JUST DISCOURSE. What impudence!
UNJUST DISCOURSE. What tomfoolery!
JUST DISCOURSE. 'Tis because of you that the youth no longer attends the
schools. The Athenians will soon recognize what lessons you teach those
who are fools enough to believe you.
UNJUST DISCOURSE. You are overwhelmed with wretchedness.
JUST DISCOURSE. And you, you prosper. Yet you were poor when you said, "I
am the Mysian Telephus," and used to stuff your wallet with maxims
of Pandeletus to nibble at.
UNJUST DISCOURSE. Oh! the beautiful wisdom, of which you are now
JUST DISCOURSE. Madman! But yet madder the city that keeps you, you, the
corrupter of its youth!
UNJUST DISCOURSE. 'Tis not you who will teach this young man; you are as
old and out of date as Saturn.
JUST DISCOURSE. Nay, it will certainly be I, if he does not wish to be
lost and to practise verbosity only.
UNJUST DISCOURSE (_to Phidippides_). Come hither and leave him to beat
JUST DISCOURSE (_to Unjust Discourse_). Evil be unto you, if you touch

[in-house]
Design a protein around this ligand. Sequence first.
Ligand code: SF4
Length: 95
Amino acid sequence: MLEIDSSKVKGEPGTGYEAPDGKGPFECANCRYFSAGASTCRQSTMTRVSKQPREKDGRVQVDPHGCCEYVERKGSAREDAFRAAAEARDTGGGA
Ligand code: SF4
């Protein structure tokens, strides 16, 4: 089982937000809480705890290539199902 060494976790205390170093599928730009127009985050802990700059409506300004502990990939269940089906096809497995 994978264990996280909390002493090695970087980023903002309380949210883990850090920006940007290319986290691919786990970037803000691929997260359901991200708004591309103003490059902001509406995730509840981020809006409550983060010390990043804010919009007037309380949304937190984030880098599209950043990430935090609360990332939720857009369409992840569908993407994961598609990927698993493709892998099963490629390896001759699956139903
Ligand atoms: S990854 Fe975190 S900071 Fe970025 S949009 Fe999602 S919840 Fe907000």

CHORUS. A truce to your quarrellings and abuse! But expound, you, what
you taught us formerly, and you, your new doctrine. Thus, after hearing
each of you argue, he will be able to choose betwixt the two schools.
JUST DISCOURSE. I am quite agreeable.
UNJUST DISCOURSE. And I too.
CHORUS. Who is to speak first?
UNJUST DISCOURSE. Let it be my opponent, he has my full consent; then I
will follow upon the very ground he shall have chosen and shall shatter
him with a hail of new ideas and subtle fancies; if after that he dares
to breathe another word, I shall sting him in the face and in the eyes
with our maxims, which are as keen as the sting of a wasp, and he will
CHORUS. Here are two rivals confident in their powers of oratory and in
the thoughts over which they have pondered so long. Let us see which will
come triumphant out of the contest. This wisdom, for which my friends
maintain such a persistent fight, is in great danger. Come then, you, who
crowned men of other days with so many virtues, plead the cause dear to
you, make yourself known to us.
JUST DISCOURSE. Very well, I will tell you what was the old education,
when I used to teach justice with so much success and when modesty was
held in veneration. Firstly, it was required of a child, that it should
not utter a word. In the street, when they went to the music-school, all
the youths of the same district marched lightly clad and ranged in good
order, even when the snow was falling in great flakes. At the master's
house they had to stand, their legs apart, and they were taught to sing
either, "Pallas, the Terrible, who overturneth cities," or "A noise